So we don't actually need some genetic basis for the sudden popularity of "death tax" or "re-framing" (as in meme theory), although this is kind of a sad biological explanation. In the meantime, in this era of full-time communication, our vocabularies are actually shrinking.
This bodes not well.

A small stroke of genius here is the glossary, which is devilishly revealing. It is largely made up of single buzzwords (like "event," "product," "issue") that are so broadly used that they are just about meaningless, except as they describe what marketing attitude you take towards them. Watson helpfully uses them in a sentence, emphasizing the classic and familiar: "To be or not to be---they are the scenarios," "I workshop, therefore I am," and my favorite, "There is more product in heaven and earth, Horatio/Than is dreamed of in your philosophy."

I would now like to initiate fundraising to coalesce a committee to implement a quality thank you to Gotham Books for bringing this book to America, despite the potential flexible outcomes, and to Don Watson who, at the end of the day, made lemons out of lemonade, for which we'd like to hire someone to express our bottom line, which is gratitude. You may now buy this book.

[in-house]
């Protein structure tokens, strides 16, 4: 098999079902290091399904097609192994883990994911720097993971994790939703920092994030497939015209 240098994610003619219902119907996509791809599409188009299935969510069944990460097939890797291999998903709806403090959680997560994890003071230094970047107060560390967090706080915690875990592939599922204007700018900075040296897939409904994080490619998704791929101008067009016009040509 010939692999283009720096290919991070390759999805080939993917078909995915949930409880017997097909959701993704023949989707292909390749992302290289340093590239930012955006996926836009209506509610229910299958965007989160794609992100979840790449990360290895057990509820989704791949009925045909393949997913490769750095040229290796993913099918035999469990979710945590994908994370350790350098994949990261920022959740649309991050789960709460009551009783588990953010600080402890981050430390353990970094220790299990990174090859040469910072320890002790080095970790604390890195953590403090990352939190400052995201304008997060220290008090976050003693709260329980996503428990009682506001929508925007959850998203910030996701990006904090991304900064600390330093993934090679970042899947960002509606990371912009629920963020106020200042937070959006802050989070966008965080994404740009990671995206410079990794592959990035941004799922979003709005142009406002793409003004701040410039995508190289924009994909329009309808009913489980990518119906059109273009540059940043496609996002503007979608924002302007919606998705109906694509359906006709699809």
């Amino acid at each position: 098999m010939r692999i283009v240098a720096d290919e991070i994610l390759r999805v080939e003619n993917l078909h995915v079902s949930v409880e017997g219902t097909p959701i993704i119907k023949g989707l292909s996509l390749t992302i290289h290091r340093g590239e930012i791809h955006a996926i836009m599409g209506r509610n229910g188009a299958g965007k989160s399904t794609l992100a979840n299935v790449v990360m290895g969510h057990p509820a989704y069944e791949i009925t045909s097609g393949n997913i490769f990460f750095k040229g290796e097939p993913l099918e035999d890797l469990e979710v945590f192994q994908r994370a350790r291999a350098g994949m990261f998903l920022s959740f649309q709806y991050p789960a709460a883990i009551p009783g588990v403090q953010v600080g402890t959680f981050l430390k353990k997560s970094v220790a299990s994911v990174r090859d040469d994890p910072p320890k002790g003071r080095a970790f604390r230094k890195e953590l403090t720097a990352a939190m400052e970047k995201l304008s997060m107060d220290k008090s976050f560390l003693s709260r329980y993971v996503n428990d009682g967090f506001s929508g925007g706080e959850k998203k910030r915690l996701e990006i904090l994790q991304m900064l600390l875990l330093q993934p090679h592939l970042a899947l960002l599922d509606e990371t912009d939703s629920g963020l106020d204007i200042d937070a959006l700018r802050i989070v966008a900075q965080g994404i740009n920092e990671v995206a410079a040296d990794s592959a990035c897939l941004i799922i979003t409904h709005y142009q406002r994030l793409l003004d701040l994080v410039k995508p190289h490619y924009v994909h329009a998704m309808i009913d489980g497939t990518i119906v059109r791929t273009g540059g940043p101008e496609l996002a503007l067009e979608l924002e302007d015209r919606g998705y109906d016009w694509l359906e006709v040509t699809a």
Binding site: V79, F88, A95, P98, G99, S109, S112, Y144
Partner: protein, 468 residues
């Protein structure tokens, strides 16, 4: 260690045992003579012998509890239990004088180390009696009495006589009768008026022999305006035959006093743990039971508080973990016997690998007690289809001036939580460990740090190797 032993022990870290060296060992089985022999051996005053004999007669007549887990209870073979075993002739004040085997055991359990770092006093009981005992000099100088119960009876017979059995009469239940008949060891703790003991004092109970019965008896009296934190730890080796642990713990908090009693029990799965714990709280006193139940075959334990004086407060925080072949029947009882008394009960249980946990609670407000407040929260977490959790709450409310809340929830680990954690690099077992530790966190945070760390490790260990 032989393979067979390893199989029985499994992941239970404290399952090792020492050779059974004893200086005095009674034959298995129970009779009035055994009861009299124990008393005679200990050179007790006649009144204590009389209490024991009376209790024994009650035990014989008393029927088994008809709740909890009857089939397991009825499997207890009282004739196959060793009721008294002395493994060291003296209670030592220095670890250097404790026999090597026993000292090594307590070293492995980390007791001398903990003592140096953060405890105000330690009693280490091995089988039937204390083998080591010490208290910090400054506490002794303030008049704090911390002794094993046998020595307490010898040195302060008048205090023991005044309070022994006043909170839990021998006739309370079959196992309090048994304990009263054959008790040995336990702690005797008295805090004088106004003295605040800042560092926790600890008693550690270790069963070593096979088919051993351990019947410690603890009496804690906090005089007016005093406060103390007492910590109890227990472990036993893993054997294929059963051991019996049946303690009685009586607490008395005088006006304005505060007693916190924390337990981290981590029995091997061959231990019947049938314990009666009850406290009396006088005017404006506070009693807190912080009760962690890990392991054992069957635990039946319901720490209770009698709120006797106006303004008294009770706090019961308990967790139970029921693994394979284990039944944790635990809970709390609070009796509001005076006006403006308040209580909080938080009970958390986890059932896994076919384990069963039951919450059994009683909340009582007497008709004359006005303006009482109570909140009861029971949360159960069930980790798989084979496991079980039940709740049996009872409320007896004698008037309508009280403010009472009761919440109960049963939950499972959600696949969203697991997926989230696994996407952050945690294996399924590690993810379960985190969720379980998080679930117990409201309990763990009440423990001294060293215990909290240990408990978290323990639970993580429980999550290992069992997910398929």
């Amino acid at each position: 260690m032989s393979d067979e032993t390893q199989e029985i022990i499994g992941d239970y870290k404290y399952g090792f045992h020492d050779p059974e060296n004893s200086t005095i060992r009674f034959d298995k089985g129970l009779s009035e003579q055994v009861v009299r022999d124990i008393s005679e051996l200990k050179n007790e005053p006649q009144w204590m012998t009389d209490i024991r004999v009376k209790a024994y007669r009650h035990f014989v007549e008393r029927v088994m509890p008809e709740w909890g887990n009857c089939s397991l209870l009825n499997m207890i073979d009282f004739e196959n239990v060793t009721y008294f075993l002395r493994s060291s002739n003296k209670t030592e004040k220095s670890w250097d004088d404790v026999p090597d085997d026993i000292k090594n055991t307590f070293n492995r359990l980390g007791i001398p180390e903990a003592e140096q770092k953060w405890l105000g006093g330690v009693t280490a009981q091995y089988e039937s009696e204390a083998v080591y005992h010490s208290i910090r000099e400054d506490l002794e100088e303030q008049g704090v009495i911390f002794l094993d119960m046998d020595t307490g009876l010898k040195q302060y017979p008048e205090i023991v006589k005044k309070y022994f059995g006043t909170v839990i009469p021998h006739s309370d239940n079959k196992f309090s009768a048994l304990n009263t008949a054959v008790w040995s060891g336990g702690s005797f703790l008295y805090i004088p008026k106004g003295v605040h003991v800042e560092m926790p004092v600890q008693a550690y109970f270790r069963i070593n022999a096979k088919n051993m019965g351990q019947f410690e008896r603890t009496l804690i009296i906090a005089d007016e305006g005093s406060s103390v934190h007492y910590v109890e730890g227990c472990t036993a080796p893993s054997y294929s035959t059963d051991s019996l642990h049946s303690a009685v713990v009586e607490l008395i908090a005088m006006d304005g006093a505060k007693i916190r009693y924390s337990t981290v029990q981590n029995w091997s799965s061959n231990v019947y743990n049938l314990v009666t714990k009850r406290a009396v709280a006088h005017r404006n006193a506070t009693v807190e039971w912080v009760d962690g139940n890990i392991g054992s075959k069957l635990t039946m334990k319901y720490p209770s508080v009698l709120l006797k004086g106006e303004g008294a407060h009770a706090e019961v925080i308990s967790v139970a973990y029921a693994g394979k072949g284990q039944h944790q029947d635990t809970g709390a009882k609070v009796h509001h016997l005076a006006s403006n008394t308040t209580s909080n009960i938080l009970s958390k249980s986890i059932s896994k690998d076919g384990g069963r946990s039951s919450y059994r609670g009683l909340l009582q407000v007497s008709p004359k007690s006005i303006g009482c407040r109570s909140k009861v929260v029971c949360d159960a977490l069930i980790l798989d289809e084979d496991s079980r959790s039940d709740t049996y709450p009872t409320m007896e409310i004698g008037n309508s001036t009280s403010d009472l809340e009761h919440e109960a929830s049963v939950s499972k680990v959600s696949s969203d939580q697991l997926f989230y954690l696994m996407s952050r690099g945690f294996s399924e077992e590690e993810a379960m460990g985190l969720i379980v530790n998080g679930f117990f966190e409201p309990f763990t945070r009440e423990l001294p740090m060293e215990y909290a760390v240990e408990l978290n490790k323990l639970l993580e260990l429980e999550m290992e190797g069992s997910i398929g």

This seems an appropriate occasion to brag about my good fortune at the recycling center recently. In a pile of discarded books I found a worn but intact copy of English Synonyms and Antonyms by James C. Fernald, published in 1914. It is wonderful.

Much of the book is taken up by indexes and study questions, but the heart of it is a list of several hundred words, with not only their synonyms, but a marvelous paragraph about the proper shades of meaning. For example:

"Anxiety is, according to its derivation, a choking disquiet, akin to anguish; anxiety is mental; anguish may be mental or physical; anguish is in regard to the known, anxiety in regard to the unknown; anguish is because of what has happened, anxiety because of what may happen."